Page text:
Saudi warns of heat spike as hajj winds down, deaths reported

MINA — Saudi Arabia on Monday warned of a temperature spike in Mecca as Muslim pilgrims wrapped up the hajj in searing conditions, with more than a dozen heat-related deaths confirmed.

One of the world’s largest religious gatherings unfolded during the oven-like Saudi summer again this year, and authorities recorded more than 2,700 cases of “heat exhaustion” on Sunday alone, the health ministry said.

On Monday temperatures were forecast to go as high as 49 degrees Celsius (120 degrees Fahrenheit) in Mecca, Islam’s holiest city where pilgrims were circling the Kaaba, and in nearby Mina, where others were throwing stones at three concrete walls — a ritual known as “stoning the devil” that is the last major step of the hajj.

“The holy sites today record the highest temperatures since the beginning of hajj… with a degree that may reach 49 degrees Celsius, and we advise the guests of God not to be exposed to the sun,” the health ministry said, according to the state-affiliated Al-Ekhbariya channel.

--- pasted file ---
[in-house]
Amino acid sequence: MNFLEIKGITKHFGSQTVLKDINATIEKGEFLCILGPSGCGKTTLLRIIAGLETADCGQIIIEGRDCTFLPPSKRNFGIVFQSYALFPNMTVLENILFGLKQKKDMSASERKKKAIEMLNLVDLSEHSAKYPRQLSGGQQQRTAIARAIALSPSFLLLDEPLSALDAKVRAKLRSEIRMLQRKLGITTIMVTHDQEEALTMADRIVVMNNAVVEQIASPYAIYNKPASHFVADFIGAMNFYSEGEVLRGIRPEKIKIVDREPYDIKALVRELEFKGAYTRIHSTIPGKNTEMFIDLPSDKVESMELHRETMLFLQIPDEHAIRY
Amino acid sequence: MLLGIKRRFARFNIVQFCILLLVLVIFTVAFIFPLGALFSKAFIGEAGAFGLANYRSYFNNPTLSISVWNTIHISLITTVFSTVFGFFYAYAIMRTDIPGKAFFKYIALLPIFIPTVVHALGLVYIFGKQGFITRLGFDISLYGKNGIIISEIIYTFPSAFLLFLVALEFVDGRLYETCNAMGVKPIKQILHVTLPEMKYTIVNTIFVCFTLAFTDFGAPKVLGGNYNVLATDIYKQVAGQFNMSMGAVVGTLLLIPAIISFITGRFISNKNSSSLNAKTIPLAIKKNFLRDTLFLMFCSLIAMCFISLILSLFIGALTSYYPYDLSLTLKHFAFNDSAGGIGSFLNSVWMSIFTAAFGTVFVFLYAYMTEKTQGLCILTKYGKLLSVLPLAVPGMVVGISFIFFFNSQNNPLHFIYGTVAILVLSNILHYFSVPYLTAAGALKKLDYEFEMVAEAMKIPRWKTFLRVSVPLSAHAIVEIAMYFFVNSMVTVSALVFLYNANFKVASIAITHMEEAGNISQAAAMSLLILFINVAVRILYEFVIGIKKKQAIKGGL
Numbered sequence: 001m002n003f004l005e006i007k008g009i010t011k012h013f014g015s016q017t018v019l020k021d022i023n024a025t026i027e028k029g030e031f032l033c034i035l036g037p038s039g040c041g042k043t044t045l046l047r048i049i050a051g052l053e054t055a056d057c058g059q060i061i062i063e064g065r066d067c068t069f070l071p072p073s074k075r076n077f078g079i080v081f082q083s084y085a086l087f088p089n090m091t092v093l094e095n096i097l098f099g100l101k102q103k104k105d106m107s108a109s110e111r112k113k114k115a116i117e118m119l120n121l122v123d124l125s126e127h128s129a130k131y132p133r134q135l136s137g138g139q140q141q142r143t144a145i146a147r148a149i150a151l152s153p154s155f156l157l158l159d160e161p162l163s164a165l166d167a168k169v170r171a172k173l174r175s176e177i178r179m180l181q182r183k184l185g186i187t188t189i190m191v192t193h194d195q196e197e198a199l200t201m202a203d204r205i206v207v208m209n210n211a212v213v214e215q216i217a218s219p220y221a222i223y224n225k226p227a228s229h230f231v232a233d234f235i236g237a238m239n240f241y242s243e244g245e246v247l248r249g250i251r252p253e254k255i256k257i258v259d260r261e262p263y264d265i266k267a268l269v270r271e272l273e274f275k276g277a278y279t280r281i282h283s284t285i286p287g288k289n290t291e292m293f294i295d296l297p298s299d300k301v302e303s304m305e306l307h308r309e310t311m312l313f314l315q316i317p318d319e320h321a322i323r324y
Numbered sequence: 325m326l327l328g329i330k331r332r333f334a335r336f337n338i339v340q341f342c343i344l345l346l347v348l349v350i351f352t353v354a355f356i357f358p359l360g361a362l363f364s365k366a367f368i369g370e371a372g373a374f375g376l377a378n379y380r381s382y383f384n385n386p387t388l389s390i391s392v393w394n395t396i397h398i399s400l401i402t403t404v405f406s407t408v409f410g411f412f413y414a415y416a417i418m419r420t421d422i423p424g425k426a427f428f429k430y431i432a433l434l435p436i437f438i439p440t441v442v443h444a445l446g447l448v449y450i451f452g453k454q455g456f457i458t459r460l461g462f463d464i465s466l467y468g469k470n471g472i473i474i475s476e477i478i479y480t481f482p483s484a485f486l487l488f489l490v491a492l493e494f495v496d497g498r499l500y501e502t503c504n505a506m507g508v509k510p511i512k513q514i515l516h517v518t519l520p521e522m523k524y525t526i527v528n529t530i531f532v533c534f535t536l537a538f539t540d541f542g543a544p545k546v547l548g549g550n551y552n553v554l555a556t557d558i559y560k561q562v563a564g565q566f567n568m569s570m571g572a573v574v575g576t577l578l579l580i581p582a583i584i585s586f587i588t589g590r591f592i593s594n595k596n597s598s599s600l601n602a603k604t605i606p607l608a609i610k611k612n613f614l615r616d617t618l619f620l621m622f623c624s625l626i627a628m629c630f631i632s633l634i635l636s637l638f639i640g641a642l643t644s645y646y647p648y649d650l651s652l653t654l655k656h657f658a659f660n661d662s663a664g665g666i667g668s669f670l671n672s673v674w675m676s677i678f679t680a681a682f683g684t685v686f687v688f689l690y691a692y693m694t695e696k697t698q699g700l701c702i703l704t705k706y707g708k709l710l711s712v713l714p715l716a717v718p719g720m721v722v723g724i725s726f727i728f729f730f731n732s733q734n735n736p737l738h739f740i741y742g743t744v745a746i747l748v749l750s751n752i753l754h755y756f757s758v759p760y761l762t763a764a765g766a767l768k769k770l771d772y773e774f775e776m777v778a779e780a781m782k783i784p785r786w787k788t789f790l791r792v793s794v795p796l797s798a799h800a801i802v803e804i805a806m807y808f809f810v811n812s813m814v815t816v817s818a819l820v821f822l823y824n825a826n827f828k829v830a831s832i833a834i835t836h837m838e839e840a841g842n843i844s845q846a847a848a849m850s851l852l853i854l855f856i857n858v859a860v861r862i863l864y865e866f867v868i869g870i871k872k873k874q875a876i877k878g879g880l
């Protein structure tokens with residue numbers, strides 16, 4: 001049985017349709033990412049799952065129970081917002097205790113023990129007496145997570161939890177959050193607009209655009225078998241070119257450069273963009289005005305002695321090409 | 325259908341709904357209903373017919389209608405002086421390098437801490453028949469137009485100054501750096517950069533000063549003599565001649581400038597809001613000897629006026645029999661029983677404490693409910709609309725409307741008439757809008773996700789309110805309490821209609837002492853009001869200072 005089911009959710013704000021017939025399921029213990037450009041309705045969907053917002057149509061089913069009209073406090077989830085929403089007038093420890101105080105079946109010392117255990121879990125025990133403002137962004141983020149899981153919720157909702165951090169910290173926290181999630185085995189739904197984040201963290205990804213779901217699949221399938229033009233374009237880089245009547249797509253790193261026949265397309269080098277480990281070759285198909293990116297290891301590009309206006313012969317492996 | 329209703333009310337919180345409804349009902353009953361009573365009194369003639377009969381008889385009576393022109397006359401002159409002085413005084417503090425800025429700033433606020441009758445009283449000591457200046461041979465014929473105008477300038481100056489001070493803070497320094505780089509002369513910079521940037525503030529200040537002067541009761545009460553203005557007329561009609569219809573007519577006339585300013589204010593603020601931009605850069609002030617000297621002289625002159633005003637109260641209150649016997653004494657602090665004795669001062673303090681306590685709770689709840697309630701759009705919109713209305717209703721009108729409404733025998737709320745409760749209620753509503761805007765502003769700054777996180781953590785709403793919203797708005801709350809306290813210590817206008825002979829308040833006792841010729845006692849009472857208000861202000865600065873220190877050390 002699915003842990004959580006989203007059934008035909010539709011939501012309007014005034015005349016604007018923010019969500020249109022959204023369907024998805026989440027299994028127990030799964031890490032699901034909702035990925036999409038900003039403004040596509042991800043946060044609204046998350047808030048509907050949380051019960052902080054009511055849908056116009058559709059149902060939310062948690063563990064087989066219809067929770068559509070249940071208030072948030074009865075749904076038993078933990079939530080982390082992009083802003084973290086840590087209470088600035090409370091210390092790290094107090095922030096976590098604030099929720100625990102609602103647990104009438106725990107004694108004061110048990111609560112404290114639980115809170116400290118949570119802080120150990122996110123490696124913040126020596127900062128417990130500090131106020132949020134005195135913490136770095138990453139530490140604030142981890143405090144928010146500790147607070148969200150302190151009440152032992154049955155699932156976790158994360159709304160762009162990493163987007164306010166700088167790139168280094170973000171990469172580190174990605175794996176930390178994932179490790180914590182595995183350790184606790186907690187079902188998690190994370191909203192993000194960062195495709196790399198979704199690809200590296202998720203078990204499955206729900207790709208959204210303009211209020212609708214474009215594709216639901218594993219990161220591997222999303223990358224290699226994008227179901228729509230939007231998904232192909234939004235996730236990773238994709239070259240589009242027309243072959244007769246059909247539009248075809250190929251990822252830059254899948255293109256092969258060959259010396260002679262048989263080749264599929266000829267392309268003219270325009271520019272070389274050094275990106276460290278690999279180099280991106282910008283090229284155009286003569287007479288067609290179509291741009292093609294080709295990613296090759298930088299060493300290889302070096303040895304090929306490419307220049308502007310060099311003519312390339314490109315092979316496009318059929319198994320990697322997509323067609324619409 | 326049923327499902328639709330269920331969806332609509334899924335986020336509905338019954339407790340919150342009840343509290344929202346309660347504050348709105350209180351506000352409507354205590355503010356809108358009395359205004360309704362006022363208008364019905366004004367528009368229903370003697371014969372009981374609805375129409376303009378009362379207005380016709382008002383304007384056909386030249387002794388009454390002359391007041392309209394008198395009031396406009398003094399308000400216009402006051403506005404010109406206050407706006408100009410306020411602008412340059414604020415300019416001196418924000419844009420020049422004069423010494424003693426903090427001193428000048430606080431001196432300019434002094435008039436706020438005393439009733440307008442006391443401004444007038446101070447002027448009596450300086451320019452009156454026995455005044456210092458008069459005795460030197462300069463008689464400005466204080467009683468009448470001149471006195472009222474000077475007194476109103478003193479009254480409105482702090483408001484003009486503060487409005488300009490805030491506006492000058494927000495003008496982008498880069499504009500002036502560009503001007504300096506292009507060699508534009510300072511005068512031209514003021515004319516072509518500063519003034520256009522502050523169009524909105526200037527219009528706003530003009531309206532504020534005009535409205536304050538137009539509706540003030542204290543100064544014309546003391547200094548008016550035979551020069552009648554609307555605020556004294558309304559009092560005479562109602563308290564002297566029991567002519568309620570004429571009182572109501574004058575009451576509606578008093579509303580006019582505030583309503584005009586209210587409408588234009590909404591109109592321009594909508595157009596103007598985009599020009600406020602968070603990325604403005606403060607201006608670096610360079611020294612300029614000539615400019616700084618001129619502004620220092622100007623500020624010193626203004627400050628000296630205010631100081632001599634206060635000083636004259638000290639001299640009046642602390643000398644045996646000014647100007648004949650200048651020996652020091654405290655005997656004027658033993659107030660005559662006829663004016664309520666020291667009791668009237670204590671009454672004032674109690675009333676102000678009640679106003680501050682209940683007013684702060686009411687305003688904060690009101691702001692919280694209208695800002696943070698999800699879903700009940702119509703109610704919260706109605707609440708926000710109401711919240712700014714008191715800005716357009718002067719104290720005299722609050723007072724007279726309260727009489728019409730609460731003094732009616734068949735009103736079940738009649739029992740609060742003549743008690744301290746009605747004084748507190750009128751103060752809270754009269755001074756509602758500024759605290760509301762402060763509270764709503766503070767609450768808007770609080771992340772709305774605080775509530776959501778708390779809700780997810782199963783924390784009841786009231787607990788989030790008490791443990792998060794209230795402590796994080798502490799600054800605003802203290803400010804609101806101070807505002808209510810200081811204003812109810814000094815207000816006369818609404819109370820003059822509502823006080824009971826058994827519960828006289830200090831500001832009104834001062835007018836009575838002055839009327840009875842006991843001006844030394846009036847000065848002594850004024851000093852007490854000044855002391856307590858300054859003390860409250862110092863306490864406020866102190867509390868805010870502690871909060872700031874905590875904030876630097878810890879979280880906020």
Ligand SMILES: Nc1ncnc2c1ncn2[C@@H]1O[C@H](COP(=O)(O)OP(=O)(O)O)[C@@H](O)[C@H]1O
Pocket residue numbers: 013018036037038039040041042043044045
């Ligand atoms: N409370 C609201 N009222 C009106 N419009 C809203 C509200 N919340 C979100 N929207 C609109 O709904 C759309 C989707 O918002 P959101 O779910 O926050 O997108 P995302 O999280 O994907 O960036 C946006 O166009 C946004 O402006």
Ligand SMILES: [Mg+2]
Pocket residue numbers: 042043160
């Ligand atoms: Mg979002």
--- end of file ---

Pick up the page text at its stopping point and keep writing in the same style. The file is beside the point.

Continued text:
Jordan’s foreign ministry said on Sunday that 14 Jordanian pilgrims had died “after suffering sun stroke due to the extreme heat wave”, and that 17 others were “missing”.

Iran reported the deaths of five pilgrims but did not specify the cause, while Senegal’s foreign ministry said that three others had died.

The Saudi health ministry announced 2,764 cases of heat exhaustion on Sunday due to sun exposure and “non-compliance with guidelines”, which include taking shelter from the sun during the hottest times of day in the afternoon.

“Prevention is the most important, and the commitment of pilgrims not to go out at peak times except when necessary, or to use an umbrella, would reduce the incidence of heat exhaustion,” the statement said. 

“Our health guidelines for the coming days are clear and easy: carry an umbrella, drink water regularly, and avoid exposure to the sun.”

The hajj is one of the five pillars of Islam and all Muslims with the means must perform it at least once. 

This year’s hajj drew around 1.8 million pilgrims, 1.6 million of them from abroad, according to Saudi authorities.

Hosting the hajj is a source of prestige for the Saudi royal family, and King Salman’s title includes “Custodian of the Two Holy Mosques” in Mecca and Medina. — AFP